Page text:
He jerked back into the moment, looking through the scope of his gun. In the distance, he could see movement. Pointing toward it, they headed that way, and as they came closer, he saw it was a woman, holding onto the lifeless form of a body, head bowed over him, hair covering her face.
Quietly, they moved toward her. The others followed him around a house — he didn’t want to frighten her into running — but when they came back out again, she was gone. There wasn’t even a body there, just…nothing.
He was definitely seeing things, and it made his head hurt. Was he going crazy? Or, were they, as Lian had suggested, visions of memories that were now slipping into his mind when it related to the situation?
It was true; there was something familiar about the things he saw, unless he was just imagining that part, but whenever he tried to actually remember anything, he wasn’t able to reach past his memories of a few years ago, except for the occasional whisper of something tickling in the back of his mind.
“This way,” said Zen, leading them through the buildings and trying to focus on what was at hand. The past was a long ways away, and the present was now. He couldn’t afford to spend his time looking backward. “You seeing anything?”
His team answered with negatives, and he nodded, weaving through the buildings. Maybe he shouldn’t have taken Lian with him — there was a body in nearly any direction you looked, and many of them had been shredded by scrapnel. This wasn’t any place for a boy…and yet something in him said that’s what a war was, to turn a boy into a man.
But was a man someone who saw death and felt nothing or saw it and wanted to weep for the life that had been lost?
Focus. He was having trouble with that today, and it wasn’t a good mindset to be in when they were in the middle of a war.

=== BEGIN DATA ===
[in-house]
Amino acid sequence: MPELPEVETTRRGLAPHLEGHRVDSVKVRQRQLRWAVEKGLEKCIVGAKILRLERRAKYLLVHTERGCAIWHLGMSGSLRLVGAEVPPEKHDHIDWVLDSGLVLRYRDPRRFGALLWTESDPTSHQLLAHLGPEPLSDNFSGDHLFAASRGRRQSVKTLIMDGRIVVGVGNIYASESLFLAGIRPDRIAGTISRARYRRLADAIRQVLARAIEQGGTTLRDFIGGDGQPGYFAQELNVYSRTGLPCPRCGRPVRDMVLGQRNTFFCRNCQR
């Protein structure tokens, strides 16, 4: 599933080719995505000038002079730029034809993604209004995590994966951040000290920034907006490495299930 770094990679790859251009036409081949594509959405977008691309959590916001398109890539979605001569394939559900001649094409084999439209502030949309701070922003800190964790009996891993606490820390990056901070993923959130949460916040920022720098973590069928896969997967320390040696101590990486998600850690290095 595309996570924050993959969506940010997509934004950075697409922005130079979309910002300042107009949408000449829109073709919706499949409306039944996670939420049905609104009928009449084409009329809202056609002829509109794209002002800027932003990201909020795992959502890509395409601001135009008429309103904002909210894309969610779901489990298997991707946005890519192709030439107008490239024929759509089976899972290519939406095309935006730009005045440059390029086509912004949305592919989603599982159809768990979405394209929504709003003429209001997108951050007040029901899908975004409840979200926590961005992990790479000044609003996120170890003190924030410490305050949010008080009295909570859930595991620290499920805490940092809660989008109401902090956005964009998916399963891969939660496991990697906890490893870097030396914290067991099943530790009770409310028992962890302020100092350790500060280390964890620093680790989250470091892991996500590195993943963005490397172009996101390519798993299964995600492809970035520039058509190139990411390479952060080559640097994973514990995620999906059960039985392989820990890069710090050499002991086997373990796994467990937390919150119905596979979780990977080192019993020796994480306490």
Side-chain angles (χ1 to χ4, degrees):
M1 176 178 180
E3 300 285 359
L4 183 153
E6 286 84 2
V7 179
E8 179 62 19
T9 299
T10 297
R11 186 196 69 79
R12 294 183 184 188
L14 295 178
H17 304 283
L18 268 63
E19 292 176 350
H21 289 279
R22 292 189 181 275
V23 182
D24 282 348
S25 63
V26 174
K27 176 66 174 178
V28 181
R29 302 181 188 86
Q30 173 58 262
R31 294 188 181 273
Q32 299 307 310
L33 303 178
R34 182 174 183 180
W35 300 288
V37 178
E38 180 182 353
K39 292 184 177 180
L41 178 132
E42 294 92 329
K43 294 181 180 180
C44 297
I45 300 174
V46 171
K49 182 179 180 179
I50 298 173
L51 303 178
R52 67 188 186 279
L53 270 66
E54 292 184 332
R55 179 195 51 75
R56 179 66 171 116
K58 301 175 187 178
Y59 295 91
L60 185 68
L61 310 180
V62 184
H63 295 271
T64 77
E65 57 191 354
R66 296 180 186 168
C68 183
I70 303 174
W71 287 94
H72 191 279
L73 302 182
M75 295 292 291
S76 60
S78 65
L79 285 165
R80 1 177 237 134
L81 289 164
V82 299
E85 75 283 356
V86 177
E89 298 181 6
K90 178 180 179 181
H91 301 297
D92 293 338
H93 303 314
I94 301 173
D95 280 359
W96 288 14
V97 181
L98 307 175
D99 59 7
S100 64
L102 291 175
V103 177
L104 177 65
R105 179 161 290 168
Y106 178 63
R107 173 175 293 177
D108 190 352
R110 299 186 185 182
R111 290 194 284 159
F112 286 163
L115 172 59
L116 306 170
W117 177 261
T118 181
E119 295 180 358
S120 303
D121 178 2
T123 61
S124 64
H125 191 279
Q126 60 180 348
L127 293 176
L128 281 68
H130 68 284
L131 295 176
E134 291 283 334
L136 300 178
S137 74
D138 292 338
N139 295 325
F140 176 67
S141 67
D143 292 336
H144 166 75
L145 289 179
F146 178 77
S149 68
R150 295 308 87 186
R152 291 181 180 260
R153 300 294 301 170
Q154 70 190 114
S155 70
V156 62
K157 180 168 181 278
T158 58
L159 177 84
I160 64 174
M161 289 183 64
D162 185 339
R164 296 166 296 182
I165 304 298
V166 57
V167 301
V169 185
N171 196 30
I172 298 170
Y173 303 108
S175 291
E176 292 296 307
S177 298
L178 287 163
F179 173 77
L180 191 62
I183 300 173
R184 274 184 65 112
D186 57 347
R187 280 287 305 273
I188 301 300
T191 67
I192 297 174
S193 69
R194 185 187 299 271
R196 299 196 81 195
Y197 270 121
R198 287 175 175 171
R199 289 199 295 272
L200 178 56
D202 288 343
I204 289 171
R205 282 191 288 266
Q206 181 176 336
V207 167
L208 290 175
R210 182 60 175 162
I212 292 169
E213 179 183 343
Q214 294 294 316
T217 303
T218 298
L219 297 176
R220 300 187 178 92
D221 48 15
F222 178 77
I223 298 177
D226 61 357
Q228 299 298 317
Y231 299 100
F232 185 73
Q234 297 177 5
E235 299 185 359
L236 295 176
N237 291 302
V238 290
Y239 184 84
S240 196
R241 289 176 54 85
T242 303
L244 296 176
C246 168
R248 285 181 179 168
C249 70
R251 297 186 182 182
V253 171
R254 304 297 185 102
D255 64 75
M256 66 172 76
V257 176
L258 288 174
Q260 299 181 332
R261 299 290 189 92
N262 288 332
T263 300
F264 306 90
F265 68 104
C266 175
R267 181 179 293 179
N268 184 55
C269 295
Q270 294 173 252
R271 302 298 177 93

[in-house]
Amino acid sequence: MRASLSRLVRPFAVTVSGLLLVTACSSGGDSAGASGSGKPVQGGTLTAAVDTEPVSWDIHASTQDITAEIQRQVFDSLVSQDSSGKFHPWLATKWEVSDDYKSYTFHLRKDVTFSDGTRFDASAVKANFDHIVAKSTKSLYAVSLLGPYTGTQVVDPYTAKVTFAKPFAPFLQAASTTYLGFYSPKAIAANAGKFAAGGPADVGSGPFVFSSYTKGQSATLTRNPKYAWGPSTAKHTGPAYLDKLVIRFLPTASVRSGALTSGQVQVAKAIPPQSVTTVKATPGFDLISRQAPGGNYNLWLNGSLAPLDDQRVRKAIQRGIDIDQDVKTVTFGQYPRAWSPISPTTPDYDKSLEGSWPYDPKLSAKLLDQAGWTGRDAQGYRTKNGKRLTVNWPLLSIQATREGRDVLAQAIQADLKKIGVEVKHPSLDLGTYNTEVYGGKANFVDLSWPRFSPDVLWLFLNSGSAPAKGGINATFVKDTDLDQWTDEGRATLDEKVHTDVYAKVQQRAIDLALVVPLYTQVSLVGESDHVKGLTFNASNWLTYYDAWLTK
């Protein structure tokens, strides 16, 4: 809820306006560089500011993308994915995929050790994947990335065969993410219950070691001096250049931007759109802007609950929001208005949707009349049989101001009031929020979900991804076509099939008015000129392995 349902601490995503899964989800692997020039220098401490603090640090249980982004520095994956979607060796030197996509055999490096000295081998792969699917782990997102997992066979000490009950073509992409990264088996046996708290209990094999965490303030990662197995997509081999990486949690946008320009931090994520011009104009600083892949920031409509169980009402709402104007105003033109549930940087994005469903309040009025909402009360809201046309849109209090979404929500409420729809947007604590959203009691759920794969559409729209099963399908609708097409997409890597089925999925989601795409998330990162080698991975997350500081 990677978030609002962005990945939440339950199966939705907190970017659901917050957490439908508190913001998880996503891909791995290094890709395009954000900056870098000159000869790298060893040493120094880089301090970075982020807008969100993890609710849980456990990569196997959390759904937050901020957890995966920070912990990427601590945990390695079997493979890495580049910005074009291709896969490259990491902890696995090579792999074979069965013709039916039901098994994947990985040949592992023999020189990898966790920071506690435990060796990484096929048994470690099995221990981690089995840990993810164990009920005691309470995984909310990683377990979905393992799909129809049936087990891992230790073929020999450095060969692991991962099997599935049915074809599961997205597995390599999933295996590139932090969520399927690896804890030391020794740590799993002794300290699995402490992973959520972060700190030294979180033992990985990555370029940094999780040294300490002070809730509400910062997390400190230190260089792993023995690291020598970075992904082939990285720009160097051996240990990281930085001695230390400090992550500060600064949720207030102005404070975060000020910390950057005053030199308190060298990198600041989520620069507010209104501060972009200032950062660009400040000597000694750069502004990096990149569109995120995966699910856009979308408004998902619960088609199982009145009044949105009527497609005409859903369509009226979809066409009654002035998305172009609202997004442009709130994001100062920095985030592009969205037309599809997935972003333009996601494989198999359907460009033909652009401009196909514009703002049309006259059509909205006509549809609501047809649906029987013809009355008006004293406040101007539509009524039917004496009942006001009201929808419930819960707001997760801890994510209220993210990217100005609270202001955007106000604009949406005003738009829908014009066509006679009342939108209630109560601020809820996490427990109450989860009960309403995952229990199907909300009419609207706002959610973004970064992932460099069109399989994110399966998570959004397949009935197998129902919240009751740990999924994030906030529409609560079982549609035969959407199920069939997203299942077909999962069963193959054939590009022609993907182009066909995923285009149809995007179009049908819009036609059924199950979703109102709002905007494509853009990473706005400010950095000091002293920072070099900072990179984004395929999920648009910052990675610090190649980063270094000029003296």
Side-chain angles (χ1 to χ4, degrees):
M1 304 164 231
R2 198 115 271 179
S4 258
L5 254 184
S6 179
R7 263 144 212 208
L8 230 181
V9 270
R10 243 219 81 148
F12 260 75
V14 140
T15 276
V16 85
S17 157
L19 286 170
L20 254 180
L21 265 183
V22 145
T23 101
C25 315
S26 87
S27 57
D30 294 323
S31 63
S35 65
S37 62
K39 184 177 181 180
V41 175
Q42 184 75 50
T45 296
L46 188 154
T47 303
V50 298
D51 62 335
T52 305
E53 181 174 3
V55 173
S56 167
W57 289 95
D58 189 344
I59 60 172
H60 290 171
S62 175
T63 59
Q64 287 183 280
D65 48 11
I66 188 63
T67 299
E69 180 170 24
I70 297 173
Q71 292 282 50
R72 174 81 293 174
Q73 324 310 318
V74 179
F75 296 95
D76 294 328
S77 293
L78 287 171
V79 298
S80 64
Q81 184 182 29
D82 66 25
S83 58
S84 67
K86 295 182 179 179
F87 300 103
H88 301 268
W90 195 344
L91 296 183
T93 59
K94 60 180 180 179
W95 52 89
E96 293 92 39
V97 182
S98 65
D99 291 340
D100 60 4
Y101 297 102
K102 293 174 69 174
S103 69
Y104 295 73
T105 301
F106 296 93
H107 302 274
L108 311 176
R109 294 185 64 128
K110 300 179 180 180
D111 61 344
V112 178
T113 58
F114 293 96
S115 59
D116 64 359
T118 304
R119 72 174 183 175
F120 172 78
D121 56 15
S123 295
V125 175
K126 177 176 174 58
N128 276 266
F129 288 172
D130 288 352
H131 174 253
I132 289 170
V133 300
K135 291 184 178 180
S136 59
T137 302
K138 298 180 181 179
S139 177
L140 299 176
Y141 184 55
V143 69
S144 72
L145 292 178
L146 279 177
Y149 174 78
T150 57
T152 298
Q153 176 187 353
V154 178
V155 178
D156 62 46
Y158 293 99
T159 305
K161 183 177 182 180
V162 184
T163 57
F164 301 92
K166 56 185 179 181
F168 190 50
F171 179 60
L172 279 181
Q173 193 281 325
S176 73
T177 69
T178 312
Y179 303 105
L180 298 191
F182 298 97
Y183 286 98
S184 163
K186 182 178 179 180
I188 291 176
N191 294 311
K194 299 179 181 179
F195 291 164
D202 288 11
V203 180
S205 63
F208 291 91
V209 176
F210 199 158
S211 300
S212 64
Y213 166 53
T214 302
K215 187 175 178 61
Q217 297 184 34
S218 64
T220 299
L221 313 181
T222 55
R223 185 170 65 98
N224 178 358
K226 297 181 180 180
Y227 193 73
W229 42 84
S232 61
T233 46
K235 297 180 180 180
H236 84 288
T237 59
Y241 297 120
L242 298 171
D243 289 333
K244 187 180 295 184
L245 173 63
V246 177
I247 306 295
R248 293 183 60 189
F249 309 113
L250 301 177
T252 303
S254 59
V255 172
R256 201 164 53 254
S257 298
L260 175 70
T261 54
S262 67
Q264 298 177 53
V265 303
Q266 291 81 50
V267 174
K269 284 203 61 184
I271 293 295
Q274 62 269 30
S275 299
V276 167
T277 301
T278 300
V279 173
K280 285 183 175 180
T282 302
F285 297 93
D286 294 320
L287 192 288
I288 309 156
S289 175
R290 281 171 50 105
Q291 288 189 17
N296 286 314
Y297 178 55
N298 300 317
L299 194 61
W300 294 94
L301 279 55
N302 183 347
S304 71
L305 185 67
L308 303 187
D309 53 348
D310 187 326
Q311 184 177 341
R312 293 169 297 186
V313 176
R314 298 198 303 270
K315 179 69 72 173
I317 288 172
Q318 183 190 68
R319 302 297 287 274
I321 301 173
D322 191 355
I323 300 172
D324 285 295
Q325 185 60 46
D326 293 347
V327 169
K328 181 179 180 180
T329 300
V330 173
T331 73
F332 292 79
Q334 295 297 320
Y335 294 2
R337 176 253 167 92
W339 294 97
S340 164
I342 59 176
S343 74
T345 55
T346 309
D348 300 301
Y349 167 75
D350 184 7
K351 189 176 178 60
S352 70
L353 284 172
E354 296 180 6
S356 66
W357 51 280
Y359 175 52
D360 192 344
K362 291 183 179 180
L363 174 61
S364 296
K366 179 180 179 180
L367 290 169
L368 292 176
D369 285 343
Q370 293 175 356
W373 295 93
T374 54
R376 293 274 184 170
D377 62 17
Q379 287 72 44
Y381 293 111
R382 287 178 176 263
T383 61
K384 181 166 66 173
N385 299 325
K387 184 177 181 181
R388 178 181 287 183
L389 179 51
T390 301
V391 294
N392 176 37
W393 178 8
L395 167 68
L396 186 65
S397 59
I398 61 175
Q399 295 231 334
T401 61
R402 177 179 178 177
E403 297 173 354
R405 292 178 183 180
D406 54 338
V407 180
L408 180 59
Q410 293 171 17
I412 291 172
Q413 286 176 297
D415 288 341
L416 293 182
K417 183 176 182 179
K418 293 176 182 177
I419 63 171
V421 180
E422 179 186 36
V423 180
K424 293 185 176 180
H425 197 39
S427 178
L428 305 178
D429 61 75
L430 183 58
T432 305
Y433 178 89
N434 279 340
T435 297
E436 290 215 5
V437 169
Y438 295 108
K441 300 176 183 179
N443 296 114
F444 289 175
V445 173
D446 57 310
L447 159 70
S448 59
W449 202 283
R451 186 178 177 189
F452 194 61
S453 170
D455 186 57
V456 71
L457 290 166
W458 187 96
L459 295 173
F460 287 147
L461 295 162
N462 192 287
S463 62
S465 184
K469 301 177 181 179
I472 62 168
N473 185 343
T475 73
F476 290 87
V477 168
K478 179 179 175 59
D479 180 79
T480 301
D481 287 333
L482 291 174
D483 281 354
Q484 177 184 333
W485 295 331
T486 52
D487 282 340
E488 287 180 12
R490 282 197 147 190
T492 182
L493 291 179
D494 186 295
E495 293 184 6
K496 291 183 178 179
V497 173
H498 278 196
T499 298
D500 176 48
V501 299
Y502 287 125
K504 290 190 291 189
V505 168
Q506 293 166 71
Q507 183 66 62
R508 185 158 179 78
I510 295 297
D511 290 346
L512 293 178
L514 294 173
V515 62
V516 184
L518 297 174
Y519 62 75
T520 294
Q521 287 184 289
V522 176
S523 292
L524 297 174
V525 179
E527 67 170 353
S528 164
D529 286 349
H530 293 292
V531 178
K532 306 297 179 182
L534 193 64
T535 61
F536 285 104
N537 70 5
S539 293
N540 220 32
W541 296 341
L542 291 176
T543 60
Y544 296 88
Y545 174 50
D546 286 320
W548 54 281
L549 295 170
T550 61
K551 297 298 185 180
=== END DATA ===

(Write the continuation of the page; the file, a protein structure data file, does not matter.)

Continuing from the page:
A war with what? Civilians, innocents?
His spinning thoughts were focused a second later, when he heard a voice crackling through the silencers. Teika’s voice, worried and fast. “Zen, we’ve got a problem.” Silence for a few seconds, as Zen turned and started running toward them. Then, “They’re swarming through, like rats. Can’t keep them away for long.”
“Hold on as long as you can. We’re coming for you. Keep me updated.”
As he ran, all the worst scenarios that could happen ran through his head as he imagined what had happened. The flash of movement, then, had been real, and he hadn’t been seeing things that time. They’d been lying in wait, and he’d misjudged. He’d taken most of the group, and then the ambush had happened from the wrong side.
Zen cursed over and over again, making sure none if it was going through the silencers to his men. If they knew how worried he was, they would be too; it was the simple rule of battle psychology. Act confident, be confident, and your men will accept it as truth.
Teika’s voice came through the line again, this time strained. “Been shot…in the leg…hurry.”
Zen affirmed that they were coming and then cursed again. This wasn’t supposed to be going like this.
And then another thought came into his mind: if Teika had been shot and she was still the only one who had contacted them, what was happening to Vessen and Elko?
Zen wanted to comfort the others on his team, to tell them fake assurances, but he couldn’t think of anything to say. So there was silence as they ran, settling over them, deep and heavy, like a thick cloud of smoke.
When they came across the gaping hole in the wall, his mouth went dry. The enemy soldiers were pouring in still, covering the hole, as Teika had said, like rats. Zen fired a spray of bullets at them, and a few went down, but not enough.
He found the three of his soldiers holed up in an alleyway — at least they’d retreated to a semi-defensible system, rather than staying out in the open. That gave him some hope, but it was quickly discouraged as they charged over to them. Teika was barely standing, leaning against the wall for support, and Elko was barely able to fire his gun from where he sat near the wall, clutching at a wound on his side, maybe at one of the straps where the bulletproof suits came together. Vessen was unconscious behind them, not even moving.
Zen was filled with such a rage that he’d never felt before. If he hadn’t been able to feel sorrow before, he’d never felt this either. It rose up in him like a raging fire, unable to be stopped, like lightning being flung across a stormy sky.